There is nothing like the evidence in front of your eyes to make you doubt your own memory. I recall quite enjoying the 2017 movie The Hitman’s Bodyguard starring Ryan Reynolds and Samuel L. Jackson.
It was a daft odd couple action comedy that I recall made me chuckle a decent amount. Yet Hitman’s Wife’s Bodyguard is so teeth gratingly awful that I can only wonder if I’m the one to blame.
Reynolds returns as Michael Bryce, an executive protection officer who lost his much coveted Triple A rating certification and so is barred from using lethal force. On sabbatical, he is grabbed by Sonia Kincaid (Salma Hayek) in order to rescue her husband Darius (Samuel L. Jackson), his former client and notoriously bad tempered assassin.
Bryce reluctantly follows (although not as reluctant as Darius turns out to be) until Interpol agent Bobby O’Neill (Frank Grillo) forces them all to help him investigate dangerous Greek shipping tycoon, Aristotle (Antonio Banderas).
Let’s rule out Banderas here, who sadly is squandered yet again in a villainous role (I’m looking at you, Uncharted) and talk about what made the original film work: chemistry.
Reynolds’ schtick can be overdone if it is left to him alone but works very well when paired with an antagonistic force. It helped drive Red Notice with Dwayne Johnson and it was the sparky banter between him and Jackson that gave The Hitman’s Bodyguard its pop and fizz. So how come this doesn’t rescue the sequel?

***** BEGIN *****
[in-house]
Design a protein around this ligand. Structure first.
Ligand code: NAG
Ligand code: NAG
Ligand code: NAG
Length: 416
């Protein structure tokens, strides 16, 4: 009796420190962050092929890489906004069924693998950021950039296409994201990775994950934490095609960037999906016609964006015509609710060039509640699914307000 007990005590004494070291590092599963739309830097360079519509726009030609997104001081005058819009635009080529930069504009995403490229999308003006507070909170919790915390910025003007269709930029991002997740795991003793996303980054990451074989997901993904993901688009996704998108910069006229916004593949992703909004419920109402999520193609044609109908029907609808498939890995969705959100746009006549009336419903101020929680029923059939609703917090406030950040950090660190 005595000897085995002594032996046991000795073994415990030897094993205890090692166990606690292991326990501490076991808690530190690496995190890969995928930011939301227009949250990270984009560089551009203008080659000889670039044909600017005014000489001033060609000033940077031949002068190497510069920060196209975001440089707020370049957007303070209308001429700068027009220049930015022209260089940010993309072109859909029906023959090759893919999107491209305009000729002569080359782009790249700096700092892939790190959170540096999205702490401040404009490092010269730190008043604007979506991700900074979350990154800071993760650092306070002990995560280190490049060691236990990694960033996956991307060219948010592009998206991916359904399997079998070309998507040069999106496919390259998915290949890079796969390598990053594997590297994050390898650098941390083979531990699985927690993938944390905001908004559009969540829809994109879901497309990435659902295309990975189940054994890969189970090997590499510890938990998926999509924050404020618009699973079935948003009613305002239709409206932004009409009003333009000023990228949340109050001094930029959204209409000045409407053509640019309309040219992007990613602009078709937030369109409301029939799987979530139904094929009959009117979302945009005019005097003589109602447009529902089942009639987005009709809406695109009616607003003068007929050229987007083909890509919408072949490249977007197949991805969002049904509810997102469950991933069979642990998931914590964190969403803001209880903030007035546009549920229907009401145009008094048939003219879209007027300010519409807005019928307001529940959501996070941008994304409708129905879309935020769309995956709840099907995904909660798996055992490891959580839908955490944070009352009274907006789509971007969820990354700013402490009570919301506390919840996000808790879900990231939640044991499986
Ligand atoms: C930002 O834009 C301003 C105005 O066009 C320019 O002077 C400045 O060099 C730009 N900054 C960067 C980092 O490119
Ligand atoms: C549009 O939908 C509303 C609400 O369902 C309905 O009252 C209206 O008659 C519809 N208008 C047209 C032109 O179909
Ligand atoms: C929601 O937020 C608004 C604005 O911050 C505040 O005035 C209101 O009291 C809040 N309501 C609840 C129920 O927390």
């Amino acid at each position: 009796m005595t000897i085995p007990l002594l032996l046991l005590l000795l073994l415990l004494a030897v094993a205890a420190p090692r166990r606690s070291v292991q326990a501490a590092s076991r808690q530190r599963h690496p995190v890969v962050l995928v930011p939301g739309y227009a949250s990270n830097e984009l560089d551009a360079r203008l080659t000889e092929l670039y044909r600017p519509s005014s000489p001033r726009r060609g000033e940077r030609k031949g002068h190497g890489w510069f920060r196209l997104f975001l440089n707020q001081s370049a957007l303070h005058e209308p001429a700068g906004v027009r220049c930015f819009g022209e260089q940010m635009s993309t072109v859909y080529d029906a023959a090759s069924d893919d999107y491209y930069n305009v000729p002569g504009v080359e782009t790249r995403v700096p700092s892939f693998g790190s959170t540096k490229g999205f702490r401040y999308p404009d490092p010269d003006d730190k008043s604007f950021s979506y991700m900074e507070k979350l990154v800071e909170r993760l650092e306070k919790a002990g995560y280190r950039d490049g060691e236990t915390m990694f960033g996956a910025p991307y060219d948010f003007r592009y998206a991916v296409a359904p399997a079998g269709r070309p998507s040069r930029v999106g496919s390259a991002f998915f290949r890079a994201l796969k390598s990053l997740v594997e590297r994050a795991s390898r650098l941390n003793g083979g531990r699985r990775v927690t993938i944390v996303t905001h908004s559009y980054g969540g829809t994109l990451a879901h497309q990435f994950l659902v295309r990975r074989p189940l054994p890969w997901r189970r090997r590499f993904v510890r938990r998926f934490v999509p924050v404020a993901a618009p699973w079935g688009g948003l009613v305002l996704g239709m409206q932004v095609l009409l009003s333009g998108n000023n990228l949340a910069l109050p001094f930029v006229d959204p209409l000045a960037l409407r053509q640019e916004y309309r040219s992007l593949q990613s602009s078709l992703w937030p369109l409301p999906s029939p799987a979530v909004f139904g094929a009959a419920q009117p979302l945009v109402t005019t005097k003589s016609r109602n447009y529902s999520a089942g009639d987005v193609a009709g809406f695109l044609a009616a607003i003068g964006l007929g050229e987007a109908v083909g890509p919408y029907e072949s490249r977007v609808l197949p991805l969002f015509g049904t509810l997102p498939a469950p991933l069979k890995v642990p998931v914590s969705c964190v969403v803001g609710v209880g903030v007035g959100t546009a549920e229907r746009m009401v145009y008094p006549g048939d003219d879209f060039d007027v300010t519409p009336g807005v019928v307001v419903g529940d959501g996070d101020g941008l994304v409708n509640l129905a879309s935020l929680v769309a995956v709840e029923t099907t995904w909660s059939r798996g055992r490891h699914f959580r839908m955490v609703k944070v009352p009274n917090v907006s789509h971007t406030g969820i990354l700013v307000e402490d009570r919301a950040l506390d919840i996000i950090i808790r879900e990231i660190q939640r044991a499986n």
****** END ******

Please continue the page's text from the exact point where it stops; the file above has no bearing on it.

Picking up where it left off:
Hitman's Wife's Bodyguard Official Trailer
Even though the scriptwriter for both movies has unchanged, the dialogue is so curse word heavy that at times it’s hard to make out any connecting words at all.
A well placed swear can be incredibly impactful and hilarious and a character turning the air blue can be an effective shorthand for personality assumptions. Having every single character sick up so many F’s and MF’s that there threatens to be a world shortage is just tiresome.
This goes double when the naughty words are often the beginning, middle, and end of the jokes. When Bryce hollers out an expletive in the face of danger perhaps this would be funnier if he hadn’t gone through the last 10 sentences with the exact same words anyway.
Such exhausting dialogue from all the principal cast means that any ‘banter’ between Jackson, Hayek, and Reynolds is wearily interchangeable. When everyone speaks the same way, where is the personality?
Is Hitman's Wife's Bodyguard Worth Watching?
Plot isn’t often top of the list for such movies as the rhythm comes from set pieces and character beats. In the absence of these, the paper thin plot is even more apparent, especially when the threat is to all of Europe. Yup, all of it!
Every part of Europe is lumped into one category to the extent that our threat to be defeated is some hazily explained diamond-tipped drilling into the ‘European power grid’.
As Frank Grillo swaggers into a scene in self-proclaimed brash Bostonian and snorts derisively at apparent lackadaisical Europeans, one can’t help but assume that the location was selected by a dart thrown into the map from someone who has never left the shores of Uncle Sam’s land (don’t forget Banderas is supposed to be Greek in this one).
There isn’t even anything of interest in the action sequences which are all pedestrian and played out.
A movie such as this needs some unique sparkle to make it stand out, but Hitman’s Wife’s Bodyguard is a matt print scattering the light into a grey malaise the likes of which no amount of swivel eyed mania from Salma Hayek can fix.
With characters throttled by awful dialogue, action scenes that go bang with no whizz, comedy that consists of yelling every rude word in the book, and a plot that dissolves at the merest look, if someone was to try and assassinate this franchise then it would be hard pressed to find someone willing to dive in front of it and take the bullet.
Words by Mike Record